During his weekly press conference on Monday, Robert Griffin III was asked how he would define success in his preseason debut three days later.

The wise beyond his years rookie quarterback said, “If we could put some points up or just a really good, long drive, I think that’d be good enough for me.”

So now we can add omniscience to the 22-year-old’s superb skill set that includes superior intelligence, charismatic personality, rocket arm and world-class speed.

That’s because after Washington’s first two series last night against Buffalo went nowhere, Griffin put together an eight-play, 80-yard drive that ended with his screen pass to Pierre Garcon that the receiver turned into a 20-yard touchdown that somersaulted Washington into the lead it wouldn’t relinquish en route to a 7-6 victory.

“That first first down is always the toughest one to get, but once you get that, you can start to get into a flow,” said Griffin, who had completed just one of his first three throws (admittedly with one Garcon catching one out of bounds and tight end Niles Paul mishandling another) and teaming with running back Evan Royster to fumble the ball over to the Bills at the Washington 21.

However, Griffin, being the cool customer that he is, responded to the miscue by connecting with Garcon on his final three attempts for 58 yards and the touchdown. It wasn’t a performance for the ages, but you had to like the Copperas Cove kid’s accuracy, and more important, his moxie, even if it came against the bumbling Bills, who at 10-22 were a game worse than the Redskins the past two seasons.

Fourteen snaps in a preseason game against a Buffalo team that hasn’t made the playoffs this millenium is far from a viable sample of what’s to come for the Heisman Trophy winner from Baylor, but it certainly wasn’t evidence that the Redskins were foolish to trade three first-round draft choices and a second-rounder to St. Louis for the right to select him second overall in April.

Coach Mike Shanahan will be ecstatic if Griffin can go 4-for-6 for 70 yards and a touchdown every three series this season against the likes of Atlanta, Baltimore, Carolina, Cincinnati, New Orleans and Pittsburgh and the two games apiece against NFC East rivals Dallas, Philadelphia and the Super Bowl champion New York Giants.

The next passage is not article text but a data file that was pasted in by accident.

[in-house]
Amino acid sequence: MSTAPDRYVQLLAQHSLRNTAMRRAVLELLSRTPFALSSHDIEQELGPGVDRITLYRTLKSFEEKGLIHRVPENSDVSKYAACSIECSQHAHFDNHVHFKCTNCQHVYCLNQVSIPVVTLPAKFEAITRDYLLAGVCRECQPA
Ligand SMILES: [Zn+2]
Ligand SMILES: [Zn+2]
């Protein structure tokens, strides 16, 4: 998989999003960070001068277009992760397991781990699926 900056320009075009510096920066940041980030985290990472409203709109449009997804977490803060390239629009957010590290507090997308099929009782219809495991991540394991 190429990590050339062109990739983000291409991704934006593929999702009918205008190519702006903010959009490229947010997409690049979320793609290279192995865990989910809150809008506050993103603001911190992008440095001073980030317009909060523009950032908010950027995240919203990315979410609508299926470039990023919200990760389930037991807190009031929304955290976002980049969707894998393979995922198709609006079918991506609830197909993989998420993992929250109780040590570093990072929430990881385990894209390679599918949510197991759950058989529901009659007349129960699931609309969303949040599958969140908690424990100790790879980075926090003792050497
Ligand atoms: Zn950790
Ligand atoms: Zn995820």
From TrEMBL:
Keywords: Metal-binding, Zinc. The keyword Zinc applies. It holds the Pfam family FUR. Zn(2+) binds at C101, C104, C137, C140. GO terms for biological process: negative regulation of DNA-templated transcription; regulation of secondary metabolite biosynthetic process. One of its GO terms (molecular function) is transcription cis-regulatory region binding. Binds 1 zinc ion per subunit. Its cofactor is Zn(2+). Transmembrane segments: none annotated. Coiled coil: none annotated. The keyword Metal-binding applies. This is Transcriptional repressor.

“He did an excellent job, managed the game well,” Shanahan said. “He did everything you asked him to do. He was very calm, cool, collected.”

Griffin, who finds joy in the drudgery of practice. the give-and-take with the media, and his interactions with fans, said that the game in the much-anticipated game against Buffalo was actually easier than facing Washington’s defense day after day.

“It was fun,” Griffin said. “Practice is a lot harder than the games. You can see all the reads a lot clearer just because you’re not going against that defense. The holes were a lot bigger.”

In the absence of injured guards Kory Lichtensteiger and Chris Chester and right tackle Jammal Brown, who’s on PUP, the offensive line didn’t spring any holes, keeping Griffin, fellow rookie quarterback Kirk Cousins and veteran Rex Grossman from being sacked on 38 dropbacks. So second-year guard Maurice Hurt, rookie guard Adam Gettis and right tackle Tyler Polumbus, a street free agent last October, deserve kudos. And X-rays on Trent Williams’ foot were negative after the left tackle got stepped on during the game’s lone extra point.

Meawhile, that defense that gives Griffin trouble every day at Redskins Park shone in Orchard Park. Led by outside linebacker Ryan Kerrigan, who had a sack and a pass defenses, the starters held Buffalo to 40 yards over three series. Then, reserve nose tackle Chris Baker and the backups kept the Bills out of the end zone on six straight plays inside the Washington 5 late in the second quarter. All told, former Buffalo linebacker Jim Haslett’s defense limited the bumbling Bills to two field goals, 219 yards, 12 first downs and 4-of-16 on third downs.

“I was very pleased with the way they handled themselves,” Shanahan said. “(That) shows you a lot about our players, (the) character of our guys.”

The coach was talking about his defense, but his rookie quarterback’s character was tested last night, too. And Griffin came up aces. As usual.

David Elfin began writing about sports when he was a junior at Bethesda-Chevy Chase High School. He is Washington’s representative on the Pro Football Hall of Fame selection committee and the author of seven books, most recently, “Washington Redskins: The Complete Illustrated History.” A pre-game regular on 106.7-The Fan the last two Redskins seasons, he has been its columnist since last March. Follow him on Twitter: @DavidElfin


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